For an author, it is always gratifying when someone reads your book carefully and takes the time to prepare a thoughtful response. Last week, Myths of the Rune Stone, was featured in a forum dedicated to the theme of American myths. Two historians, a sociologist, and a theologian delivered outstanding presentations on the relevance of the book for reflecting on important dimensions of U.S. history, religion, and culture.
The “Why Myths Matter” forum is the second in a two-year series of forums dedicated to the theme of American myths. It was held on February 24, 2016 at the Arch Street UMC in Philadelphia PA. Click hereto view information on the entire series. Speakers are listed below along with a guide to navigate the podcast. You can fast forward using the the arrow keys on your keyboard. I hope you enjoy it!
1:00 – Welcome and short reflection by Rev. Robin Hynicka – Jeremiah 10
6:18 – Speaker introductions and overview of the book Myths of the Rune Stone – author David M. Krueger
24:50 – Dr. Jon Paul – Lutheran Theological Seminary – What about the role of fantasy and playfulness in the rune stone story? References to novelists Ole Rolvaag and Louise Erdrich.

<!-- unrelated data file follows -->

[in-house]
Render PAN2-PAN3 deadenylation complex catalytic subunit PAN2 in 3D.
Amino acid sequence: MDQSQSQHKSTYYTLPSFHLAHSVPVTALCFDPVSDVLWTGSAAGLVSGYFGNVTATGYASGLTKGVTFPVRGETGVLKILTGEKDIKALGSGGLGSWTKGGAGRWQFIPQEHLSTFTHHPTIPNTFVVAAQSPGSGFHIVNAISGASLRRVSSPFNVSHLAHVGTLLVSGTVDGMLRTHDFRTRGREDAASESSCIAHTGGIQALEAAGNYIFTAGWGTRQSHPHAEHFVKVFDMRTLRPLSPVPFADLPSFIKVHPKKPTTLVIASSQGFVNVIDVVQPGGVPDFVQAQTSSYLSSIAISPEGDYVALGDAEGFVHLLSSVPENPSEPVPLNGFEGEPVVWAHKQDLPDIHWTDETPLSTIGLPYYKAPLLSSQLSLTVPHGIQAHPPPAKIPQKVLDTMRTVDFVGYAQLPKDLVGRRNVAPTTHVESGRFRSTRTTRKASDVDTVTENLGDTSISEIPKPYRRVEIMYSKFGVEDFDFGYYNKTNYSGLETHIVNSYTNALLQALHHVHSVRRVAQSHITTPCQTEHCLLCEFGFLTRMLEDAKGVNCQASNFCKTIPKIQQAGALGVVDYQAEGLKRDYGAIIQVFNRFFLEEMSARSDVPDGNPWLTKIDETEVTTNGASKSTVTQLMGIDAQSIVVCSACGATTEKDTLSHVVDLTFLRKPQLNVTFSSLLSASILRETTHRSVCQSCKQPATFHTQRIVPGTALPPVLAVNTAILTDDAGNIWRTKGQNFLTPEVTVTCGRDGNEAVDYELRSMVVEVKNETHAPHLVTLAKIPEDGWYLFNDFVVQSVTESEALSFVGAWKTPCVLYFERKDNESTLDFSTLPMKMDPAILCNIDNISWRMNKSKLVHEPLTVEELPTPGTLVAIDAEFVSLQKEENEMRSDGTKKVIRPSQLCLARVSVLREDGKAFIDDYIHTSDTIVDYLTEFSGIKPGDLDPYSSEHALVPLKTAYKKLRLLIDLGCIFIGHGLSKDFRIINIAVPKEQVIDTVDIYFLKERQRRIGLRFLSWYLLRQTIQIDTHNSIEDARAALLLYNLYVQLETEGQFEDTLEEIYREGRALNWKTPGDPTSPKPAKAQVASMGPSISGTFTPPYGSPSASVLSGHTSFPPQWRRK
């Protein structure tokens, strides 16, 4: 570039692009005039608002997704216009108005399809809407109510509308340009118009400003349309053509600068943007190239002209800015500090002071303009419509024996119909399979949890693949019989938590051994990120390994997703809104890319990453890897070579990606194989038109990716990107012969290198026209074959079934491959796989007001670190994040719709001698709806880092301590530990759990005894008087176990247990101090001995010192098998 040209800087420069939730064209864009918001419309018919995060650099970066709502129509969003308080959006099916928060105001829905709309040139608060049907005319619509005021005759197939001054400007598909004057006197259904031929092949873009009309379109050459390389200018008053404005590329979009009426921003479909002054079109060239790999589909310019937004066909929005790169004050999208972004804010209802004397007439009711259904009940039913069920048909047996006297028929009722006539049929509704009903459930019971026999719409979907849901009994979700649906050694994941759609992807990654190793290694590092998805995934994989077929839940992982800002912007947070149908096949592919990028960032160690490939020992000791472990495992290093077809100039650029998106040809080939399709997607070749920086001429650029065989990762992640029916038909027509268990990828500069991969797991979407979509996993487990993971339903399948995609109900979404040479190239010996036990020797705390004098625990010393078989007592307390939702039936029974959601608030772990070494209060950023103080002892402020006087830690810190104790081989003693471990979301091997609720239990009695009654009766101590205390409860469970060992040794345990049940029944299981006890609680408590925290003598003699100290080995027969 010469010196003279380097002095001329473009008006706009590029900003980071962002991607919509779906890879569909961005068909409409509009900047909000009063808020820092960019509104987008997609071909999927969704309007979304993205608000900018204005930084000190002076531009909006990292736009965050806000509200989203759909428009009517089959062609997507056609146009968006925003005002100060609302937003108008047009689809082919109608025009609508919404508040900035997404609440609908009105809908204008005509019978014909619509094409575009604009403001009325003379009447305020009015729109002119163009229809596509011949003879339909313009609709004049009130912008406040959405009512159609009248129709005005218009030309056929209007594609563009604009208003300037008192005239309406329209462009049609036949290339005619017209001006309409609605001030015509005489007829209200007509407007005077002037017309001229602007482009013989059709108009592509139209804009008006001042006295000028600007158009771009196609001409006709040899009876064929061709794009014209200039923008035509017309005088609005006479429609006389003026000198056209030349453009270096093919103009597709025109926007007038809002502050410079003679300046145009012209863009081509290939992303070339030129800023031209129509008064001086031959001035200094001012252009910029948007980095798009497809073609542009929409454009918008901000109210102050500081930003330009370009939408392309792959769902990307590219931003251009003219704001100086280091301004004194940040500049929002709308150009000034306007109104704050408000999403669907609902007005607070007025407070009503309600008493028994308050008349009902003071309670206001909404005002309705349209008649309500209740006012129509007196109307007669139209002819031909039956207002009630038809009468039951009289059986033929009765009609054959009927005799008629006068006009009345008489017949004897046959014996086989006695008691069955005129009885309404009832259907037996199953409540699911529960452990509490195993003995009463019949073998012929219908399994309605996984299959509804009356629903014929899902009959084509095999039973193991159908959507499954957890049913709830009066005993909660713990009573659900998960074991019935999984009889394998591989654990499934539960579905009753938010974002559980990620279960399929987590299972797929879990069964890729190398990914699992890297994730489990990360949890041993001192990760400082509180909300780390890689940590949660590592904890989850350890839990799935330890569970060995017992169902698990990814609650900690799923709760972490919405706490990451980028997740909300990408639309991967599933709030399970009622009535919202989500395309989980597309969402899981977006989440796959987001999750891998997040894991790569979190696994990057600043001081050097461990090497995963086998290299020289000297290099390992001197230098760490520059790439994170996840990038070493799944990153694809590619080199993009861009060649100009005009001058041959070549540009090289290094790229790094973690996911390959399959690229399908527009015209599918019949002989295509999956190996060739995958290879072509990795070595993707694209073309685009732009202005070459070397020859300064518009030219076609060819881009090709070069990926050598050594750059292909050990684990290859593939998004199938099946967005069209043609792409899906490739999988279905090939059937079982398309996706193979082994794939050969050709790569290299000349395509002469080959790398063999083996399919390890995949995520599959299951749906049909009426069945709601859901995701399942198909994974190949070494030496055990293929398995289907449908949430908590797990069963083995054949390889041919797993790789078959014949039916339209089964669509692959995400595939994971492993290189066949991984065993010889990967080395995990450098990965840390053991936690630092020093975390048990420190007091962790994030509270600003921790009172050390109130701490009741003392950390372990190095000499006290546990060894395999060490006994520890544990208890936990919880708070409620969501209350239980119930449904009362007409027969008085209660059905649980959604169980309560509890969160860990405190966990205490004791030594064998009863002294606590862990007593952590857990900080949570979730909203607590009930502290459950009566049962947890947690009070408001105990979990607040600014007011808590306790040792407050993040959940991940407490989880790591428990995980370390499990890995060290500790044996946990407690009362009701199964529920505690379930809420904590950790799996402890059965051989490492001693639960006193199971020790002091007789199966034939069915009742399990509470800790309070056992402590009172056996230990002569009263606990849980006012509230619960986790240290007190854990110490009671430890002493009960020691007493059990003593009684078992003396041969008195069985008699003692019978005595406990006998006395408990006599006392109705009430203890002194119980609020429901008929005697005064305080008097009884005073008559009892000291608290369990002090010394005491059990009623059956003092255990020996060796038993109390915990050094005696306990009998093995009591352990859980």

33:00 – Dr. Nathan Wright – Bryn Mawr College – Despite the dangers of myth to exclude and dominate, they are necessary for societies to function. References to Durkheim, Bellah, and other sociologists.
45:50 – Dr. Katie Oxx – St. Joseph’s University – The ways that Catholics negotiate American identity. A comparison of the “Pope stone” and the “rune stone.” References to “new materialism.” How do material artifacts act on us?
54:00 – Rev. Jim McIntire – Havertown UMC – Myth fills a gap in public discourse. Conspiracy theorists like Scott Wolter profit handsomely from propagating myths. Reflections Joseph Campbell’s book on myths.
1:10:50 – Audience Response
One thought on “Why Myths Matter to Americans”
I find it especially sad when Christians kick against the truth. The truth of the matter is that Christians were behind the Kensington Runestone, not Vikings. The KRS (1362) and Vikings (ended by 1100) are incompatible, but people insist on conflating the two…the better to make fun. Big Ole time.
Yes, of course, Big Ole represents folly in history…a claim of giving birth to America, locally, by pagans. What an outrage! However, IMHO, a greater outrage is for Christians to join the ranks of “fringe history debunkers” in working against the truth of the KRS being a genuine medieval document. One day, and hopefully soon, all those thinking the KRS was a hoax will end up with eggs on their faces. It will not look good when it is realized that some of those who are supposed to be concerned with seeking out the truth, failed so miserably.
It seems, in this case, that a mountain of religious education has ended up doing more harm than good. This looking at the KRS as a myth wouldn’t be so bad if Dr. Krueger weren’t also stirring up “misplaced ridicule” against not only a genuine artifact, but also thousands of people–including many Christians–who believe the KRS is a historically reliable, and Christian, document. (I didn’t say “Catholic Church” document.)